It probably goes without saying that cutting 2/3 of your friend list is not the way to handle your emotional reactions on facebook. Now I just feel like a jerk. And too embarrassed to “re-friend” them. What am I gonna say? “See, remember when we met in high school/college/at that bar/church/job and I wasn’t medicated yet? Sometimes I go off my medication now and de-friend people with the assumption that they won’t notice/ won’t care/ will intuitively understand why I would do that. Please re-friend me so that you can jump on the roller-coaster that is my life.”

It’s just not happening.

So now I’ve got my friend list down to a manageable size, I use more discretion with friend requests, and Zuckerberg has understood that users need a “hide” option to avoid hurting everyone we’ve ever known. And, before the May 2012 Atlantic, I wouldn’t have admitted all of this about my facebook habits. But it turns out, I’m not the only one. This is usually the case when I think I’m crazy. This is why my generation likes to talk about ourselves, B. R. Meyers. I’m sorry we bore you.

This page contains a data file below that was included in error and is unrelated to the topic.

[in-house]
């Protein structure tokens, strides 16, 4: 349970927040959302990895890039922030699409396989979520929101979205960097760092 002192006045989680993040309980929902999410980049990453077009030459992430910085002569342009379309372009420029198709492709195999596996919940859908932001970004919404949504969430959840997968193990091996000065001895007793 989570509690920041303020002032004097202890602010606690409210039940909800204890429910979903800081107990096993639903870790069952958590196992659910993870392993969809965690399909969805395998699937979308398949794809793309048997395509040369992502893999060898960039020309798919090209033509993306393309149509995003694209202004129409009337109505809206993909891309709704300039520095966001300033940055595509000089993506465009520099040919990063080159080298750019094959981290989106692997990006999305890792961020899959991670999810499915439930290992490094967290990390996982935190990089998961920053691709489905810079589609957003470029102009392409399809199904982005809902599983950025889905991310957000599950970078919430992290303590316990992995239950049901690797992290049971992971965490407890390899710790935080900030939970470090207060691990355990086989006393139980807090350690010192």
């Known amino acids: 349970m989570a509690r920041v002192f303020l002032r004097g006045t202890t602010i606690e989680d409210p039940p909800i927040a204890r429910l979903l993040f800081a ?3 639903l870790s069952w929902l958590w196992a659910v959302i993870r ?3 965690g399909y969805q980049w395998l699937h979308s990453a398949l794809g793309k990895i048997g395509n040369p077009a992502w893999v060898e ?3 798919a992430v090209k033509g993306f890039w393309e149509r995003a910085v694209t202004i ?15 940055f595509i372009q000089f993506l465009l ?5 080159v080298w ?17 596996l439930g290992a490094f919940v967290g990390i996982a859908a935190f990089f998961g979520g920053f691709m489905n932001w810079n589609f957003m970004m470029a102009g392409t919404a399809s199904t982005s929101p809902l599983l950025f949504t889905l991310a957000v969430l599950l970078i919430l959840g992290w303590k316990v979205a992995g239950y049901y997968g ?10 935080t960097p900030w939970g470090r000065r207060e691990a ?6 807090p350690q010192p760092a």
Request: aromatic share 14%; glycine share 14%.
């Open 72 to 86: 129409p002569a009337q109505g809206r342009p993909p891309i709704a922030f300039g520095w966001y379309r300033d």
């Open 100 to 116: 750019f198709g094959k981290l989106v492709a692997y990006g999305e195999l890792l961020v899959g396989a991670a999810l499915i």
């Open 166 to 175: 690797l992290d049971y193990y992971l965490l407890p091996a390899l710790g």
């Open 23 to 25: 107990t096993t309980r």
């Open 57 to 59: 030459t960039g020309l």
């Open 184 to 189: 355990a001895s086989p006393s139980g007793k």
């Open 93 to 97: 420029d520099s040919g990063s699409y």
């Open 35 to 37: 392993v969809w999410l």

Ultimately, the answer to the question posed in the title of the piece is, “No. Facebook isn’t making you lonely. You’re doing it to yourself.” It’s true. I usually get sucked into facebook late at night, when I can’t sleep, and am feeling bad about the world in general. This is when I catch myself looking through a friend’s timeline and feeling jealous of her and alienated from her life and forget that she could very well be going through the same thing at that moment with me, and my timeline. (I haven’t actually updated to timeline yet, but 90 out of 124 of my friends have, says the header at my home page. So I think, Pat, facebook does want to give me a false sense of my own ineptitude.)